Awards and the debate on women in journalism

newspapers, women, journalism, media, Alex Veeneman, Kettle Mag
Written by Alex Veeneman

It all started with an idea – in the middle of February, Emily Reynolds, Mollie Goodfellow, Ellie Mae O’Hagan and others got together to discuss how more women working in journalism can be recognised for their work. The conversation started after news emerged that the shortlist for the National Press Awards, organised by the Society of Editors, had less women as nominees compared to men.



Goodfellow, a political journalist for Sky News, in a telephone interview, said the idea then began to take shape. She had noticed a lot of women working in reporting, but not a lot of women in senior editorial positions, and said the recognition was necessary.

“There isn’t a shortfall of women in journalism in the UK, somewhere they don’t get the same recognition that men get.”

The idea that took off

A couple of days later, presences on Tumblr and Twitter were established, and a judging panel consisting of some of the most prominent female journalists in the UK, was announced. By the time the award nominating period closed on 27 February, there were over 500 nominations, nominations made by both men and women.



Tom Ryan was one person who sent a nomination. Ryan, who works with the Henley Literary Festival, said in an email that the fact that 20 women on the shortlist did not strike the organisers as odd, though he wasn’t surprised. He nominated a colleague for her work in children’s factual programmes.

“I think these awards have done a great job of steering the conversation,” Ryan said. “They assembled a fantastic, varied top-level panel in such a short period of time that it gives lie to the usual excuses about the poor gender split of judges.”

A need for reform

Ryan says that the older institutions, existing beyond Twitter, are definitely taking note. The Society has since announced that it has formed a committee to look at the issue and to figure out how to be more inclusive of women in journalism.

Goodfellow says though that the purpose of these awards are not to be a kick at men.

“These awards are not here to kick men,” Goodfellow said. “We do these awards because women work hard and deserve recognition.”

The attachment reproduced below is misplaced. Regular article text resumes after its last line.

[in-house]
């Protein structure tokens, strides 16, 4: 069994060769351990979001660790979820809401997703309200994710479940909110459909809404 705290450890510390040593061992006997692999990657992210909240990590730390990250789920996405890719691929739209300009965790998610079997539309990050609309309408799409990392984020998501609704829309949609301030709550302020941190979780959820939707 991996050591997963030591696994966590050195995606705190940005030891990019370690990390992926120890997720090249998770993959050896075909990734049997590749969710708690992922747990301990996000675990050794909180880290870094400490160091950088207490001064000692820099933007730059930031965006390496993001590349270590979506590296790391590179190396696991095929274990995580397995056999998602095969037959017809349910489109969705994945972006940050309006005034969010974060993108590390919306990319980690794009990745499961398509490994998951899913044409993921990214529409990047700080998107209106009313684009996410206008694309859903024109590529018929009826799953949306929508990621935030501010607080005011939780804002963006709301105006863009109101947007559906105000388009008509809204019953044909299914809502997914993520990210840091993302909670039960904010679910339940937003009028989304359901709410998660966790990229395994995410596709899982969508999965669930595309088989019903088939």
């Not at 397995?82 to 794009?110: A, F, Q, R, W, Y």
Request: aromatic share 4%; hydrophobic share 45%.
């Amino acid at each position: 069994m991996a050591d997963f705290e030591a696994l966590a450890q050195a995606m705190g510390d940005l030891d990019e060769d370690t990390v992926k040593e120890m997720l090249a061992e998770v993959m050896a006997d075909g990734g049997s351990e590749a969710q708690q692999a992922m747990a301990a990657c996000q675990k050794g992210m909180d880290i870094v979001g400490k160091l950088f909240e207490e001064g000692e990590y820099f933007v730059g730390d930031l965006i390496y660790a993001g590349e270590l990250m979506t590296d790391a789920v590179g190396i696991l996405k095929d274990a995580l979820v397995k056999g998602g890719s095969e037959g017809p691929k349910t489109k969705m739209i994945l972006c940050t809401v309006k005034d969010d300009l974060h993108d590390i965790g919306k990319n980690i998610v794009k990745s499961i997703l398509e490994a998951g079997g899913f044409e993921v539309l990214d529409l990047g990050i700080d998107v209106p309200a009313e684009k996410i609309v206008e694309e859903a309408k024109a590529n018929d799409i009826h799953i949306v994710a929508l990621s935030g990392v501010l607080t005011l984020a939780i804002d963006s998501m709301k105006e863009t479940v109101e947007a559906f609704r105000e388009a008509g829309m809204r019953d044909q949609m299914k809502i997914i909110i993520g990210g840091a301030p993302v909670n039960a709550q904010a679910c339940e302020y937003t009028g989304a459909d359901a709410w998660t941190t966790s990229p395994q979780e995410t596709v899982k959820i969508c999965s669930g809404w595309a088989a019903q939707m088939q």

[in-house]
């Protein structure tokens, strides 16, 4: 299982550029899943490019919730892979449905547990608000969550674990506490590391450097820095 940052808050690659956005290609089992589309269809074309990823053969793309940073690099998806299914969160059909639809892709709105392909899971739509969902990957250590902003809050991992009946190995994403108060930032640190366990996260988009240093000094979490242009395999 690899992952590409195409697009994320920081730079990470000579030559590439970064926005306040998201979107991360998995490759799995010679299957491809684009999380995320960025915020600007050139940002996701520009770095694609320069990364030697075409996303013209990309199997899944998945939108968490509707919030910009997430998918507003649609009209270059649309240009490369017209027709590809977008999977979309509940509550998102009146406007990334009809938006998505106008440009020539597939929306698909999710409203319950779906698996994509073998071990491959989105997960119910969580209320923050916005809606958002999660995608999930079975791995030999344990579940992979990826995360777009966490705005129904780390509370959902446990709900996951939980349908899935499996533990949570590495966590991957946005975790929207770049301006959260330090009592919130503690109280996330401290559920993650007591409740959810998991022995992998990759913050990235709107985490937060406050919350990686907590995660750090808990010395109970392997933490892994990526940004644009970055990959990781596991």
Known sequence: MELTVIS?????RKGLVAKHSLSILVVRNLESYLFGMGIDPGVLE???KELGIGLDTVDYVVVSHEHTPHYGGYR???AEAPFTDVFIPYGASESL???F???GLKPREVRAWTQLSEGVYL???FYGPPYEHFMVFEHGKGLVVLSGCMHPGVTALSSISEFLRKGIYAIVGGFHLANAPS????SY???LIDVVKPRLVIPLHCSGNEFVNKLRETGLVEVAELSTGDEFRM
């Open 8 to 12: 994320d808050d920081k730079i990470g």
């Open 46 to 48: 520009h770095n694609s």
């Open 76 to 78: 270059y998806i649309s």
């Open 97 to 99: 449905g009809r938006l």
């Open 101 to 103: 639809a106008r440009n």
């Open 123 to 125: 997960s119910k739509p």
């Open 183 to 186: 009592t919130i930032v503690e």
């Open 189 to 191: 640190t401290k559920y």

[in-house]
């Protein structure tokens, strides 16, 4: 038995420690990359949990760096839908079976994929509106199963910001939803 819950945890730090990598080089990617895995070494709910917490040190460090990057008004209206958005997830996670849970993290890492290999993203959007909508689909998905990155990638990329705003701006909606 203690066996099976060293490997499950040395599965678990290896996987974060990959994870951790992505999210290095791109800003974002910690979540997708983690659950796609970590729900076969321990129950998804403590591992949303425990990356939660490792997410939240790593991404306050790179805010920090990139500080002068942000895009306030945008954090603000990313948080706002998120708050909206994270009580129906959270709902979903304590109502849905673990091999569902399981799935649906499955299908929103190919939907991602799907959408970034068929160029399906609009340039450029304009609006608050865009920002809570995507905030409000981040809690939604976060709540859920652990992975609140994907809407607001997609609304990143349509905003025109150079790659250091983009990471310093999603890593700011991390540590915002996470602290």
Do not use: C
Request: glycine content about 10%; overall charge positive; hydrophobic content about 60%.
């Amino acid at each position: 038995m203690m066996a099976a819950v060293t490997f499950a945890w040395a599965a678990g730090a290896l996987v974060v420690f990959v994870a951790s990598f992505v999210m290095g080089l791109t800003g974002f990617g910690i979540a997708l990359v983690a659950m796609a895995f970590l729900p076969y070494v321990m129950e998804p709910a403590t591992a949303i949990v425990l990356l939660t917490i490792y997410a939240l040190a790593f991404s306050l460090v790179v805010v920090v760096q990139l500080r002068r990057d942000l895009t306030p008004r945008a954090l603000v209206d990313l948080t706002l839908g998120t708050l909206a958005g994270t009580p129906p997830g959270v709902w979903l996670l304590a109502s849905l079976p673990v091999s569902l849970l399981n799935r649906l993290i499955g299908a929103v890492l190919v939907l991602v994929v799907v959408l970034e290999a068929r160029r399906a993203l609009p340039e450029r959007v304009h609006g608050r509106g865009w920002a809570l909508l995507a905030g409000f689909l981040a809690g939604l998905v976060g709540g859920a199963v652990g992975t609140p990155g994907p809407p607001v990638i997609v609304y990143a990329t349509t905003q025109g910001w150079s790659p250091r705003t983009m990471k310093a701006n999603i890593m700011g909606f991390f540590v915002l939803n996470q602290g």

The Society of Editors did not respond to a request seeking comment for this piece.

The media industry also took note of the awards, and some are confident this will mean change. In a telephone interview, Catherine Gee, a journalist with The Daily Telegraph, said this was a necessity.

“Women are raised generally not to push themselves as much as men,” Gee said. “It’s often just a case of not bothering to enter.”

Gee adds that it’s unfortunate that it’s a trend, but is hopeful that more progress can be made.

“We’re not a homogenised group,” Gee said. “We’re a group of individuals.”

‘Won’t sit quietly about it anymore’

Lizzie Dearden, an online news reporter for The Independent, in a telephone interview, said the timing of these awards were crucial, yet says it’s sad that something like this needs to be arranged.

Dearden says though the awards have already started to have an impact.

“The response to it has been massive,” Dearden said. “It’s just started a discussion which hasn’t been had about women are recognised and awards are carried out.”

Harriet Minter, the head of women in leadership for The Guardian, in a telephone interview, said the work was enterprising and how brilliant the response to the problem was.

“They were born out of oversight by the Press Awards,” Minter said. “These actions are in response to behaviour steeped in tradition. It shows how frustrated women are with the situation. We won’t sit quietly about it anymore.”

Minter says more work must be done to train journalists, both men and women in-house, as she worries that students will enter the industry with a lack of jobs and more debt. She says though there can be equality in journalism, but that can be a painful process.

“There can be equality in journalism,” Minter said. “It comes down to good stories, good writing, good connections and how you build them. This is the same problem in every industry — society is structured to promote a specific type of man. We’re trying to change that. Maybe that change is too slow or too fast, but it is happening. It will be a painful process.”

The awards are to be held on 21 March, and Goodfellow says she hopes this will instill more confidence in women.

“Things are getting better. We are standing up for ourselves. We are starting to fight for ourselves. Don’t be put off by the domination [by men]. Use this to inspire you.”

Ultimately, the message of these awards, Goodfellow says, is a simple one that guides the principle ideas of these awards.

“There are women in journalism – we deserve as much recognition as men,” Goodfellow said. “If you’re not going to give it to us, we’ll get it ourselves.”

What do you think? Do you think these awards can change how women are viewed in journalism? Have your say in the comments section below.